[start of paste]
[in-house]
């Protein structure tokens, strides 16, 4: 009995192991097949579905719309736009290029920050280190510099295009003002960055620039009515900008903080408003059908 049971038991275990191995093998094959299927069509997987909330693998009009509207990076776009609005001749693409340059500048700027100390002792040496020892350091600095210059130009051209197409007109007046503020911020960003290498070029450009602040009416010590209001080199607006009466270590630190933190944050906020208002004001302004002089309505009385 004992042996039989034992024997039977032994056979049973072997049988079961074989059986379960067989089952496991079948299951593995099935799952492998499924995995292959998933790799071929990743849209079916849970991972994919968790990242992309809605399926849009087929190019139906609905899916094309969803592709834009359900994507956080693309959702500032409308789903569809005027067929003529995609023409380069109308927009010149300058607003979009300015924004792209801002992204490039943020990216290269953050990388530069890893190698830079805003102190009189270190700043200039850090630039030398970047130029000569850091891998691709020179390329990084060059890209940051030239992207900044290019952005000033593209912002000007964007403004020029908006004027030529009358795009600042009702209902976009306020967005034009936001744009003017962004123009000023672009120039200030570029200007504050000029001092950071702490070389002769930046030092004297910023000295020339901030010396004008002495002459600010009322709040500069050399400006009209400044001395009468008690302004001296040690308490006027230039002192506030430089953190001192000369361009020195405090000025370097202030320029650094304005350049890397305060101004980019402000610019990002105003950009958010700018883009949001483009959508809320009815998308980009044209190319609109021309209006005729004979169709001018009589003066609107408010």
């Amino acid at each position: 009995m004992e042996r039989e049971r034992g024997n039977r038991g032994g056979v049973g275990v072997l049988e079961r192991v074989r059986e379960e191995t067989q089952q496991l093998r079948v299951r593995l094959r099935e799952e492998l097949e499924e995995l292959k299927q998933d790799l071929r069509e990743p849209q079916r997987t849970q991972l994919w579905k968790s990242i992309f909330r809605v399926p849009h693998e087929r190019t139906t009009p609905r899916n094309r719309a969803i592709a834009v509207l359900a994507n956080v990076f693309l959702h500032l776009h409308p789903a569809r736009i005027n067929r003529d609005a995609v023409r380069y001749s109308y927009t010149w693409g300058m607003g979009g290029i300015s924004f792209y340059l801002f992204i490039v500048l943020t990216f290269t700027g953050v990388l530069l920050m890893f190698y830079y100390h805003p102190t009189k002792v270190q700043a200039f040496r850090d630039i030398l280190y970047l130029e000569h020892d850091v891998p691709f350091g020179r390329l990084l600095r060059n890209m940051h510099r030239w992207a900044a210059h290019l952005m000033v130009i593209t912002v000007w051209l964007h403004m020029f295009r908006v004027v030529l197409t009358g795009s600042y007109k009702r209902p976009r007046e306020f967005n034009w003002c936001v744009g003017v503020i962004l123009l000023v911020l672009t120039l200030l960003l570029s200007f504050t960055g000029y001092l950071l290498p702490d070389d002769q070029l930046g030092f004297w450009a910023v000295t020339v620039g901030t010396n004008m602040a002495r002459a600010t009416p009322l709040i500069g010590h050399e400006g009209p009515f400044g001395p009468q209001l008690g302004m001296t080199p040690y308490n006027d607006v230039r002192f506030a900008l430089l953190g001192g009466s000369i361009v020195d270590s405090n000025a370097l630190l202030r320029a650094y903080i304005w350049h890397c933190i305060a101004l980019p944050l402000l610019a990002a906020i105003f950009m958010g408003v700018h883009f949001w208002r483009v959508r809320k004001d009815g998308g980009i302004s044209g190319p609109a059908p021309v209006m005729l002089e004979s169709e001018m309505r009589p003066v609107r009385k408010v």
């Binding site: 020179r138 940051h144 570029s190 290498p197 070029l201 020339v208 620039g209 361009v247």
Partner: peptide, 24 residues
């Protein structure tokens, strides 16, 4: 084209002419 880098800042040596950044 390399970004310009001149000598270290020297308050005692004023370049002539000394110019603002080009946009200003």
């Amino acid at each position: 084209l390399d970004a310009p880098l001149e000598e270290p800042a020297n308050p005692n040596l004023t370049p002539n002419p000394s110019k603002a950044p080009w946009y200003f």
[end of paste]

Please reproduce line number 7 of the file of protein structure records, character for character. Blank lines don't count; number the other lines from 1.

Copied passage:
């Amino acid at each position: 084209l390399d970004a310009p880098l001149e000598e270290p800042a020297n308050p005692n040596l004023t370049p002539n002419p000394s110019k603002a950044p080009w946009y200003f």